It hasn't been a good couple days for Craigslist.
The popular online classified ad site is back in the news with arrests and court cases stemming from some strange and disturbing sales on the site - someone offering sex for World Series tickets, someone's offer their wife for and someone else offering their son.
The cases could have big implications for Craigslist and its reputation, which in the past has battled public relations woes over sexually explicit posts and prostitution rings.
Craigslist is center-stage today in a Philadelphia courtroom where jury selection began in the case of a woman accused of offering an undercover cop sexual favors for World Series tickets, according to CNN affiliate WPVI.
Prosecutors allege she wrote in her Craigslist ad that she was a buxom blonde who desperately needed tickets to baseball's biggest event, sent sexually explicit photos to the cop and then made graphic suggestions when they finally met at a bar. The woman claims she was just being creative in her ad to get her spouse to take her to the game.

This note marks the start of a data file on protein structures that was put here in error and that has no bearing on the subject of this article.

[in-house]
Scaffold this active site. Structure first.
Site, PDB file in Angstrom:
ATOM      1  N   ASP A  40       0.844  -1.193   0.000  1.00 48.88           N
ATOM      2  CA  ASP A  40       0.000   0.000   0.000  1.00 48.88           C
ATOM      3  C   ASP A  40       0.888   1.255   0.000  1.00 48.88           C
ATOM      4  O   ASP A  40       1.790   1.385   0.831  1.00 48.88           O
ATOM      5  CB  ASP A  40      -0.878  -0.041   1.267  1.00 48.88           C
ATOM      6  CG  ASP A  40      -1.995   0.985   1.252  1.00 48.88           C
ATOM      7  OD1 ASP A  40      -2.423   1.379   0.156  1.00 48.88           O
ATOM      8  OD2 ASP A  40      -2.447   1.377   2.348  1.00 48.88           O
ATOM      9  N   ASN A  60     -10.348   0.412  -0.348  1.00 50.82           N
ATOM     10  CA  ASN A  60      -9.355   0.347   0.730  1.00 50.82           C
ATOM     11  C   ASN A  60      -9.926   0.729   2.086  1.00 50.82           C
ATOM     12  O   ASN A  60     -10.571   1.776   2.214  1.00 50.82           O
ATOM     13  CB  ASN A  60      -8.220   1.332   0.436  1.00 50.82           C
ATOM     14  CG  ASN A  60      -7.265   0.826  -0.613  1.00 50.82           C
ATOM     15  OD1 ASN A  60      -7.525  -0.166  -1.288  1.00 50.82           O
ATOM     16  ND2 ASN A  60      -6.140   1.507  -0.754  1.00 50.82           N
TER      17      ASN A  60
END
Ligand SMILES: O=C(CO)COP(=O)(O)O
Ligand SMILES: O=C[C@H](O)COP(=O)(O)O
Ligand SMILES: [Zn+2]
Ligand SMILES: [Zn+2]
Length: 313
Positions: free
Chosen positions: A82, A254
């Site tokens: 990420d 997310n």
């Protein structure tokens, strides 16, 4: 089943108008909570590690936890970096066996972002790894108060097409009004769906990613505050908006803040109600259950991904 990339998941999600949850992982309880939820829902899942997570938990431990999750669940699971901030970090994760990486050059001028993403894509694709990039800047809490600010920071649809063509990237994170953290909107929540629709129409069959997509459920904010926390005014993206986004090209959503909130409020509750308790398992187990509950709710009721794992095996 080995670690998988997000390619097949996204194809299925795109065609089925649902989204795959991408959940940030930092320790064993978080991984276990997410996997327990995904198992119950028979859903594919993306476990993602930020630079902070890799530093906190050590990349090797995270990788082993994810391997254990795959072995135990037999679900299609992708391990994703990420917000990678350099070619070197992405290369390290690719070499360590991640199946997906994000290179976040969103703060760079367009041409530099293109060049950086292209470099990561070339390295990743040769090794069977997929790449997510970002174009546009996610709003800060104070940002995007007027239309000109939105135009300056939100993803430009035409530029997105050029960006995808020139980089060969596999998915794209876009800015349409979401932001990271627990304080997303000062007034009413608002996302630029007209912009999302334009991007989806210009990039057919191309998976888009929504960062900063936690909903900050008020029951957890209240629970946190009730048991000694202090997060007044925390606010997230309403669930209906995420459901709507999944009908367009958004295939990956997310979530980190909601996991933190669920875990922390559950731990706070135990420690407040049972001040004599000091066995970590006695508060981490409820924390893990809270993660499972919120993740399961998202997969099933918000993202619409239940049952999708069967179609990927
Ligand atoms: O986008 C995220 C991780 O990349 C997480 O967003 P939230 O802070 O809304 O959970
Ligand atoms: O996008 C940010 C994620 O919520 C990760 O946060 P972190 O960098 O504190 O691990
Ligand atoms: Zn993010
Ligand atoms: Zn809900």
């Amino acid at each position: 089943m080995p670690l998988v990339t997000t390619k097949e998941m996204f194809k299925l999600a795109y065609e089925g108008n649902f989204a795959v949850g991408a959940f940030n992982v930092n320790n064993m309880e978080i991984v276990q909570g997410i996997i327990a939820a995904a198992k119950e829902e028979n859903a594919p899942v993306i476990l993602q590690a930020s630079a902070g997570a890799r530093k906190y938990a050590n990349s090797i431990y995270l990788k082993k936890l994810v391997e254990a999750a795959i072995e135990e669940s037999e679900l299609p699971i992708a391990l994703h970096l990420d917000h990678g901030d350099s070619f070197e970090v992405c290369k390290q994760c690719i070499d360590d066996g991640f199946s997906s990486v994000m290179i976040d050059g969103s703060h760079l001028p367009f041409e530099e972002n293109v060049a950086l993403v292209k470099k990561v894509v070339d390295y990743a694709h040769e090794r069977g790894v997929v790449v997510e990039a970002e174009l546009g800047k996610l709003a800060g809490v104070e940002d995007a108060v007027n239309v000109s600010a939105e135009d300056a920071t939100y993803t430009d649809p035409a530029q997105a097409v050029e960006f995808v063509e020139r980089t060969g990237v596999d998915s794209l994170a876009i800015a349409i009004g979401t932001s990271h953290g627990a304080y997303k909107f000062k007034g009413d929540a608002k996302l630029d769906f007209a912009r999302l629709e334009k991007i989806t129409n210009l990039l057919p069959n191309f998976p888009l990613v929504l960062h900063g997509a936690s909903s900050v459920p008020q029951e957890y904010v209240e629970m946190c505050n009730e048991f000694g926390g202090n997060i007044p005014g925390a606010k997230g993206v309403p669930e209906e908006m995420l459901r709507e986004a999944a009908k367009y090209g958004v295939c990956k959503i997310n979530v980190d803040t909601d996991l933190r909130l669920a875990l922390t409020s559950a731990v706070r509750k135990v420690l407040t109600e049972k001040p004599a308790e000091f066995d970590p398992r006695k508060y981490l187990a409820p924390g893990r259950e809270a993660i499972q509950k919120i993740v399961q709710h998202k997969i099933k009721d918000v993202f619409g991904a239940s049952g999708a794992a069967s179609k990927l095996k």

Authorities are also now investigating a Craigslist incident in which a man allegedly forcefully prostituted his wife for more than a year and said he would hurt their child if she didn't go along with him, according to CNN affiliate WLS. Cook County Sheriff Tom Dart filed a lawsuit against Craigslist last year, saying it had become the "largest source of prostitution in America." He said he was going to notify the company of the incident, but didn't expect a response.
And in Washington state, police are trying to track down a father who they believe was trying to sell his son, Gavin, on the Internet, according to CNN affiliate KXLY. The price? $5,000. And police don't think its a joke.
In the ad, the man calls himself a single father and says, â€œGavin is a great kid but I can no longer afford to take care of him."
"He doesn't fuss very much but when he does he just screams for hours," the ad continues. "I usually just put him in the closet until he stops and that usually works."
A woman who saw the ad alerted police.